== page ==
30-Minute Explosive Dumbbell Workout to Scale Your Jumps

In this article, I’ve shared a 30-minute explosive dumbbell workout that will help increase your jumping ability and endurance over time.

Whether you’re an athelete looking to enhance your jump or a fitness freak who wants to get shredded, integrating the dumbbell jump exercises in your plyometric training regime can help you reach your goal faster.

30-Minute Explosive Dumbbell Workout to Boost Your Plyometric Performance

Explosive Dumbbell Workout
  • Sumo Squat Pulses (warm-up): 20 reps x 2 sets, 45-second rest in between.
  • American Swing (warm-up): 10 reps x 3 sets, 60-second rest.
  • Drop Squat Jump: 6 reps x 6 sets, 1-minute rest
  • Jumping Lunges: 5 reps per leg x 3 sets, 1-minute rest
  • Vertical Jump: 6 reps x 6 sets, 1-minute rest
  • Dumbbell Jump Clean: 6 reps x 3 sets, 1-minute rest

1. Sumo Squat Pulses

Grab a dumbbell and stand in the wider stance with your toes pointing out. Bend your elbows and hold the dumbbell close to your chest. Lower into a squat until your thighs and glutes are aligned. Now, instead of coming back up all the way, only come halfway up and pulse up and down a few inches 20 times.

Benefits: Squat pulses are not a plyometric exercise, but they can be used as a warm-up to increase body temperature and prepare for high jumps.

2. American Swing

Grab a dumbbell with your hands and stand upright with your feet two times wider than hip-width and your arms straight between your legs. Brace your core, bend your hips, and let the kettlebell pass through your thighs. Drive through your heels and swing the dumbbell against you until your arms are straight upward.

Benefits: The dumbbell American swing is a high-intensity exercise that activates multiple muscles throughout the body (primarily the posterior chain), increases explosive strength and helps you perform better during the jumping workout.1 Lake, Jason P, and Mike A Lauder. “Kettlebell swing training improves maximal and explosive strength.” Journal of Strength and Conditioning Research vol. 26,8 (2012): 2228-33. doi:10.1519/JSC.0b013e31825c2c9b

3. Drop Squat Jump

Hold one dumbbell in each hand, and stand upright with your feet hip-width apart. Lift your ankles (like calf raises), then drop into a squat, and then jump explosively as high as possible. Land on your feet and repeat.

Benefits: The drop squat jump is primarily a plyometric exercise that improves explosiveness, agility, vertical jump height, and overall athletic performance.

4. Jumping Lunges

Grab one dumbbell in each hand and stand straight with your feet together. Keep your arms straight at your sides, back straight, and chest up. Jump explosively as high as you can, then land into a lunge. Return to the starting point and repeat 5 reps per leg.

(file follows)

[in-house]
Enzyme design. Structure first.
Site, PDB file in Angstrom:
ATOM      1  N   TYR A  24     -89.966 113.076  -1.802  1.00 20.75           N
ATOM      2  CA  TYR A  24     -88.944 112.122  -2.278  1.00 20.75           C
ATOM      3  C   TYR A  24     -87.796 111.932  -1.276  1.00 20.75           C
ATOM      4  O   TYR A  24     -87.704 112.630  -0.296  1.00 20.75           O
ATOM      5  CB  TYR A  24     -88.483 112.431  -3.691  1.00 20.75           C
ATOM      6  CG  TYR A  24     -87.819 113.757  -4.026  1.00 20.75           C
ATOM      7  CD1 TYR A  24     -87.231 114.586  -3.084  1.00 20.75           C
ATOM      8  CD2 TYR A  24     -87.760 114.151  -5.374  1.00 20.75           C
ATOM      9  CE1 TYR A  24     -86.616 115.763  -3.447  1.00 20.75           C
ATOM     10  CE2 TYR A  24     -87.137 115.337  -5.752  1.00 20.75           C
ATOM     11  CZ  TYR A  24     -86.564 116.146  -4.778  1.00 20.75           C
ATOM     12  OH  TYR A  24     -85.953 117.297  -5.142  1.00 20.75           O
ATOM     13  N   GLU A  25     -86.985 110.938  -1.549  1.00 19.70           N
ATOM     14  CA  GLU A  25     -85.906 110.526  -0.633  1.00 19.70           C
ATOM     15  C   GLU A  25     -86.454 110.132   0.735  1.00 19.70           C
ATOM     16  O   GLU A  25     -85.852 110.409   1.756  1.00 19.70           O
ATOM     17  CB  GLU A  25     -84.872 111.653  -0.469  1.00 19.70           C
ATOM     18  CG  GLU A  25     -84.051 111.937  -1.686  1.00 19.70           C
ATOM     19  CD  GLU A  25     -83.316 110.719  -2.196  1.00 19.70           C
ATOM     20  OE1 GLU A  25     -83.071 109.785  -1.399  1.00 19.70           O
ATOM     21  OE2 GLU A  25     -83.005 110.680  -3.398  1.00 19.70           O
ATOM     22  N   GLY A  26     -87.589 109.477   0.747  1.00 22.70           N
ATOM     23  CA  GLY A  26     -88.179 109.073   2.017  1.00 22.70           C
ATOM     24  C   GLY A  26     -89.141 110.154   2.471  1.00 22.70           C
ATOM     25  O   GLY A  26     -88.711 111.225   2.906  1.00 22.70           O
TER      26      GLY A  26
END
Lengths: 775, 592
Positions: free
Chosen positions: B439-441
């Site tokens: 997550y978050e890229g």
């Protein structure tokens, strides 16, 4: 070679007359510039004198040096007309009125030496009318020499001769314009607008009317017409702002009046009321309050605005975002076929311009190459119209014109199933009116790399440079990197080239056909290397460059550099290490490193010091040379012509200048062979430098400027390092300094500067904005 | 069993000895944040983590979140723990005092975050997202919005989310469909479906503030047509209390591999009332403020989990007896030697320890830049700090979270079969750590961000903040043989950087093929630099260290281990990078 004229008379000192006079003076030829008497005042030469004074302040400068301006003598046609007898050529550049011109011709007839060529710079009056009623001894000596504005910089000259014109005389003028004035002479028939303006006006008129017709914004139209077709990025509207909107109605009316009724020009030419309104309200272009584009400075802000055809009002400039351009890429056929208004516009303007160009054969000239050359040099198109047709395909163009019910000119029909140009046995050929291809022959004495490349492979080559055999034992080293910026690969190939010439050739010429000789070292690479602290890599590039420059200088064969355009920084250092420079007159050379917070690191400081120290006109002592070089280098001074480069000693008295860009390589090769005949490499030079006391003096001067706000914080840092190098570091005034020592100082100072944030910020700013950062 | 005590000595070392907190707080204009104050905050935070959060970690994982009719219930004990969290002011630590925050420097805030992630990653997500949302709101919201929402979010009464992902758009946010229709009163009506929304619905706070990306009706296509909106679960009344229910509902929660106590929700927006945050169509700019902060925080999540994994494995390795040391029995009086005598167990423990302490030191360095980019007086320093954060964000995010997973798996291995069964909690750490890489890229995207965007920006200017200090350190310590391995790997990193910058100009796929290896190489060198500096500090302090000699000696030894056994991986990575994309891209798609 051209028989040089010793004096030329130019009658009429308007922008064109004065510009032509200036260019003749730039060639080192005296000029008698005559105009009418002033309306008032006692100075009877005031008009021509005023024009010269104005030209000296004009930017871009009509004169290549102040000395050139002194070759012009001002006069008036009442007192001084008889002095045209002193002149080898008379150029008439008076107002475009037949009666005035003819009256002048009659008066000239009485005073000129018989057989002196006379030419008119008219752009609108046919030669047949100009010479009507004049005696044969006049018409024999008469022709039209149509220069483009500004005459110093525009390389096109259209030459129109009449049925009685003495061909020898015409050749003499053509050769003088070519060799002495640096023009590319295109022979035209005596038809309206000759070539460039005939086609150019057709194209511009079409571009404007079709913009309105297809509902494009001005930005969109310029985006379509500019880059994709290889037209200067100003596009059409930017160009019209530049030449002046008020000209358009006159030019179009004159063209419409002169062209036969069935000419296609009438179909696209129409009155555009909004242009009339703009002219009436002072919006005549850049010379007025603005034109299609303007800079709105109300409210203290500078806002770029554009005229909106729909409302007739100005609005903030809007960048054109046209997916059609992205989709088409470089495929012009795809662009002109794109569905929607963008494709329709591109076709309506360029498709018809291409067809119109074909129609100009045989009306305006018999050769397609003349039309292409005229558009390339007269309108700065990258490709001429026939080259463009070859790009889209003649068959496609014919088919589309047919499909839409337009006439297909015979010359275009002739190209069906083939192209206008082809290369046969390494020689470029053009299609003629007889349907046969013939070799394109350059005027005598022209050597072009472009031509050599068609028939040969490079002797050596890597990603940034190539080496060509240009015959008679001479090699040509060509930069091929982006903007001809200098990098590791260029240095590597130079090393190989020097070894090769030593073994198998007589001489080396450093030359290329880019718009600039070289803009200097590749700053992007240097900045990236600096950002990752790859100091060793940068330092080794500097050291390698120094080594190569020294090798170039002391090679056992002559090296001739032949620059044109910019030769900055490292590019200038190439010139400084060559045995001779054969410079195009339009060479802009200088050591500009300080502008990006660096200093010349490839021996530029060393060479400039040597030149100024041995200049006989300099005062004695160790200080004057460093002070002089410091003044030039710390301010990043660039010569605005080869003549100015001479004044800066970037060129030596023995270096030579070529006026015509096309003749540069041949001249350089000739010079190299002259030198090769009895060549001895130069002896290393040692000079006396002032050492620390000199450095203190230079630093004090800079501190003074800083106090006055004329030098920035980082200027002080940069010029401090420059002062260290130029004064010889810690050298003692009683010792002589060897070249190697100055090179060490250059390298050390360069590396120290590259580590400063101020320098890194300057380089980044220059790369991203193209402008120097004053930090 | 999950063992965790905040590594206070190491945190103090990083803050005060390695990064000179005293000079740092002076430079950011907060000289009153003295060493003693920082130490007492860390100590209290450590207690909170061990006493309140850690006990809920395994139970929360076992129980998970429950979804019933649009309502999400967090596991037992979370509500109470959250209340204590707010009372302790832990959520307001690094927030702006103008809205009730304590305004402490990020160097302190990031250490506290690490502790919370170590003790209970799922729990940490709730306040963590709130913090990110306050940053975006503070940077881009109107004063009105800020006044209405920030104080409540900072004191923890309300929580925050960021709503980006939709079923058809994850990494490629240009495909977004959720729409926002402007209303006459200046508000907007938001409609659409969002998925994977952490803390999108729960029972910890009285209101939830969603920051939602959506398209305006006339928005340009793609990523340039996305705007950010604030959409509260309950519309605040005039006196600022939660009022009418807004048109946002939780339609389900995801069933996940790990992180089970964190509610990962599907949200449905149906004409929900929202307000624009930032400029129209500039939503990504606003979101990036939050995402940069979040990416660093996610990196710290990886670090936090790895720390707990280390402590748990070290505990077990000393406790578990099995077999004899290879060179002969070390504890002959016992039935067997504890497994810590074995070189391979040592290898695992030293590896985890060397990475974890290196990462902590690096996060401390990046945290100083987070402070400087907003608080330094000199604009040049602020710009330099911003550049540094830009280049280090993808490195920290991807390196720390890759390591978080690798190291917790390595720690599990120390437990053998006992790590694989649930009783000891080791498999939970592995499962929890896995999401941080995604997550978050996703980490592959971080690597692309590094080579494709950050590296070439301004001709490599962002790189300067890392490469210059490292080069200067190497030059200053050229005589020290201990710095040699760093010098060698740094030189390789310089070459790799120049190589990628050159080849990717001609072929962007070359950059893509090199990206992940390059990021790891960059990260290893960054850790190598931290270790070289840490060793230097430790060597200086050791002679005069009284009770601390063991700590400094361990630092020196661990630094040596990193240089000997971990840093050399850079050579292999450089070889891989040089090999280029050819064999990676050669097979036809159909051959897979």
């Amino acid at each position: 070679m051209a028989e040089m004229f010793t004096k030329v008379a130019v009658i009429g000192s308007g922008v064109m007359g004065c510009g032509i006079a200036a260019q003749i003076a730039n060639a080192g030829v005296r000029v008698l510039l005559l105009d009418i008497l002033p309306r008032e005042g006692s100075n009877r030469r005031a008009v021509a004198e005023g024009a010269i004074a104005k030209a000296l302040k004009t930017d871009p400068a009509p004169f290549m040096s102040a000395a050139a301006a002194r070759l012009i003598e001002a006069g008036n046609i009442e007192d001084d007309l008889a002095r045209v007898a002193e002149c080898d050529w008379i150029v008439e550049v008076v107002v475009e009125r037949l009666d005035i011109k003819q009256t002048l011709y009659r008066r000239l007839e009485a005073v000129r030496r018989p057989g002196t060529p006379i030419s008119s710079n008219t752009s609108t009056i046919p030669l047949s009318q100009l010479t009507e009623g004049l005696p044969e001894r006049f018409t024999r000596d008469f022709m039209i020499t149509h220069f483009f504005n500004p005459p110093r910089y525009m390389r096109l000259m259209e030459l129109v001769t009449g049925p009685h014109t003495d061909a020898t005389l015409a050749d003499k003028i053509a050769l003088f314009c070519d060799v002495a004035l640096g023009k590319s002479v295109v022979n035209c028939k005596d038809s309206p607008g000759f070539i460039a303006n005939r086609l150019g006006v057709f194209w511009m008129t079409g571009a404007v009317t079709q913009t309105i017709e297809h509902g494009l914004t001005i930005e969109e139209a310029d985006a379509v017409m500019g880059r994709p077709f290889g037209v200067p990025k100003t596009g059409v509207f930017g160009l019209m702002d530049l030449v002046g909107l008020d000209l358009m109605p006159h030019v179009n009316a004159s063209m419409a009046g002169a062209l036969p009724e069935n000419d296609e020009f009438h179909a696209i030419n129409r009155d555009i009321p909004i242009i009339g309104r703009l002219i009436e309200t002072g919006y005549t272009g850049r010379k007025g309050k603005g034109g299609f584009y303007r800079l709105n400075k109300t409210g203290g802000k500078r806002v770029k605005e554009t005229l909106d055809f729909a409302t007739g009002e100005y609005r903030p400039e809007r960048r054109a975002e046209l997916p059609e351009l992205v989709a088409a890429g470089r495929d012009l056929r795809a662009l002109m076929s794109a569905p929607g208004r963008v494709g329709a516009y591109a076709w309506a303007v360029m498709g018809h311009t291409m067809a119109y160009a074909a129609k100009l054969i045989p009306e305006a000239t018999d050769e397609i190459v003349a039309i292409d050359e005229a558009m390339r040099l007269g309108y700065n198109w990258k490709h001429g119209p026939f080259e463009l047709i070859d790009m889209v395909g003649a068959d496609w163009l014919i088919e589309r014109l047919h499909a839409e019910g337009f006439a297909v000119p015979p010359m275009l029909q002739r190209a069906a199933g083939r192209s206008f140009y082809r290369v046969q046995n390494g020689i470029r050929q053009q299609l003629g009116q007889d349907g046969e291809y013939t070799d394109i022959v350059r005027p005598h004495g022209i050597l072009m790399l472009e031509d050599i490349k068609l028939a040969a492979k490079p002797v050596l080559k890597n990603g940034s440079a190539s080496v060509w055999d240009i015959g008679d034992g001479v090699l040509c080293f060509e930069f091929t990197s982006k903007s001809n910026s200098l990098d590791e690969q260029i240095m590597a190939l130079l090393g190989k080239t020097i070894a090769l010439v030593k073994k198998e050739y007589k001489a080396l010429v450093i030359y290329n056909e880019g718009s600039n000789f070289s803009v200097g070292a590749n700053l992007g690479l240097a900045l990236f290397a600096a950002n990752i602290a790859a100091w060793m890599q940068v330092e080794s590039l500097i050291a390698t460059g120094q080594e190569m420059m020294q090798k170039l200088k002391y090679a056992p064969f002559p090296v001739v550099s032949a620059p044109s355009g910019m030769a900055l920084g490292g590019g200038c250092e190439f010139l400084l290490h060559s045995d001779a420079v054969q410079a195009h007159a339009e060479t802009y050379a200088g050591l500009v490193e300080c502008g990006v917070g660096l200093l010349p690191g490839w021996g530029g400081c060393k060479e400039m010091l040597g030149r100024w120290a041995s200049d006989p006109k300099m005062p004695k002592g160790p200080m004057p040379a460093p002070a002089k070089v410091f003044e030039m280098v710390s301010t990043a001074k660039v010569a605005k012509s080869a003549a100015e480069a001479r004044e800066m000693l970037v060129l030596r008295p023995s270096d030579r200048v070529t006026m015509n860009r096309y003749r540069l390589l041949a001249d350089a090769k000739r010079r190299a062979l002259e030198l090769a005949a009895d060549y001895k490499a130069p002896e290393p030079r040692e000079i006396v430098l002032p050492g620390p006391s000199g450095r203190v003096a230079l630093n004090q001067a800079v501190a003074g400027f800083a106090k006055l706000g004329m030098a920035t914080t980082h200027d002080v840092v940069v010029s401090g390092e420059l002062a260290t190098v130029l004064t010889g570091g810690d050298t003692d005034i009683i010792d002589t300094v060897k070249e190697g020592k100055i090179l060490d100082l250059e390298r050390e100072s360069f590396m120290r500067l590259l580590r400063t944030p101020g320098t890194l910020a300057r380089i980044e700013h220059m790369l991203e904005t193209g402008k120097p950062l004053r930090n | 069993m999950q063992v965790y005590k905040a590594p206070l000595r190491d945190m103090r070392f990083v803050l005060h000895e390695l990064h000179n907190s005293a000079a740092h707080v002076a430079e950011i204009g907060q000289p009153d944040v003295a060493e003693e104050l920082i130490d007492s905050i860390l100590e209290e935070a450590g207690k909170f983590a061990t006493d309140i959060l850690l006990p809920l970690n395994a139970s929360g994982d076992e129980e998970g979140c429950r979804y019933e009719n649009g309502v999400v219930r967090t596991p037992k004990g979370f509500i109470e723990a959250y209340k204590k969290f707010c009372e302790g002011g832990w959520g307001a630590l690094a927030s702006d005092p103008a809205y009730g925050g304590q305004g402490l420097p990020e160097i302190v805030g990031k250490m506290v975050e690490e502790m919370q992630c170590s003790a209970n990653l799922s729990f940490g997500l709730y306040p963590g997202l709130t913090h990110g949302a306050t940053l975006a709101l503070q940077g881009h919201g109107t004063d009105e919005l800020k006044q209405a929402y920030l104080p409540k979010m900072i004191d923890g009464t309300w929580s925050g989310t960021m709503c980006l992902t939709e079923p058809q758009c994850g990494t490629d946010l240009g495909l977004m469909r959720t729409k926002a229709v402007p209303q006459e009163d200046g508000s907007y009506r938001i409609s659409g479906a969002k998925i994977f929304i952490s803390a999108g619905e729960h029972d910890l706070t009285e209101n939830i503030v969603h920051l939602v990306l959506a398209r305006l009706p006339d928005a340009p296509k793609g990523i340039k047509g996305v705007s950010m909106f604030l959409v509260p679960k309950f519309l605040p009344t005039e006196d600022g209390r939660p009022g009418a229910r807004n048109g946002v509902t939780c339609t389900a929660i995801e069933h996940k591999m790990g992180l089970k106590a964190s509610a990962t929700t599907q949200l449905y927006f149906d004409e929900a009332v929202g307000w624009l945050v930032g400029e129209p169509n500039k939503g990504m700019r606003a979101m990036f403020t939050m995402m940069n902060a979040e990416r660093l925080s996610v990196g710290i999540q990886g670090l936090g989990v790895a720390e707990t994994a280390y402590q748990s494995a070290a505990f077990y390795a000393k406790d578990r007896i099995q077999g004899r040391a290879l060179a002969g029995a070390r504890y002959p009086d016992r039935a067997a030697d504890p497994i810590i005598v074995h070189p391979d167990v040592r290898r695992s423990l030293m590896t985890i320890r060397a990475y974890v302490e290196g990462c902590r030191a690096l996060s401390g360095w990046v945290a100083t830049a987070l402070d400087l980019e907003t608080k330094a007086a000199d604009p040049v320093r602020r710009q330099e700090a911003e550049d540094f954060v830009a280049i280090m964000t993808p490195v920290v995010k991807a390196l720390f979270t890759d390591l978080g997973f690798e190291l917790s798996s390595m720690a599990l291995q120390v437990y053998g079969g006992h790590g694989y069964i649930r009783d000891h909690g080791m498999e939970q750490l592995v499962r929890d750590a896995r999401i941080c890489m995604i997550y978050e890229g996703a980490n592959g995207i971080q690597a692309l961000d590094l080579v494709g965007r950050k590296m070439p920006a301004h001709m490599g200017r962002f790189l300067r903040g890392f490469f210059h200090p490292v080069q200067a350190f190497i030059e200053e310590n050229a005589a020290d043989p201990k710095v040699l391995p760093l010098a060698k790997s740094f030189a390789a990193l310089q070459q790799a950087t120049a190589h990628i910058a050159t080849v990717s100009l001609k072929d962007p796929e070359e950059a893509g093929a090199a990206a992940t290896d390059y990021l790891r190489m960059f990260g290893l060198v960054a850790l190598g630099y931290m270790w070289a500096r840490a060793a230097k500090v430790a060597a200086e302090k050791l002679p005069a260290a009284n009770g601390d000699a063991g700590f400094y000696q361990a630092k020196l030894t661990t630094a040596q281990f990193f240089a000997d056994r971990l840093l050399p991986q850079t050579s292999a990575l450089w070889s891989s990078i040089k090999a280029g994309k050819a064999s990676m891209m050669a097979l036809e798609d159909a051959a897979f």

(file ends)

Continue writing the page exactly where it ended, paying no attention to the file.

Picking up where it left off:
Benefits: Jumping lunges strengthen almost every muscle in the lower body and help improve coordination, timing, and synchronization of muscle activation, all of which are essential for an effective vertical jump.

5. Vertical Jump

Grab one dumbbell in each hand and stand straight with your arms by your sides. Keep your back straight, core tight, and posture upright, and then jump as quickly and high as possible. Land on your feet and then repeat.

Benefits: The dumbbell vertical jump helps improve jump height, agility, and power.

6. Dumbbell Jump Clean

Hold one dumbbell in each hand, and stand straight with your feet hip-width apart. Keep your arms straight at your sides with your palms facing each other. Push your hips back, bend your knees slightly, and lower the dumbbell until the weight reaches your knee level. Now, jump high and clean the dumbbells over your shoulder. Do 4 sets of 5 reps with a 1-minute break.

Benefits: Jump Clean is a total body explosive exercise that develops rapid force production, enhances the muscle’s ability to generate force quickly, and helps improve overall athletic performance.

How Often Should You Perform Dumbbell Plyometric Exercises?

You can perform two sessions of 30-minute dumbbell explosive workout per week along with your typical plyometric routine. However, the frequency mostly depends on your goal and experience level. So, it is up to you to decide whether you should do it once or thrice every week.

Wrapping It Up

Many athletes who participate in sports that involve jumping high aim to improve their agility and jump height.

Scaling up your jump height is possible through a planned workout, consistent practice, and professional guidance.

I recommend seeking professional help to enhance your jumping ability if you’re in jumping sports.

However, if you’re an amateur and train by yourself, performing the above workout can help improve your performance over time.

References

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Murshid Akram
I'm an online personal trainer, fitness blogger, and fitness enthusiast. I love researching and writing about exercise and nutrition. I share science-based, practical, and logical information that can help you achieve your desired fitness goal.
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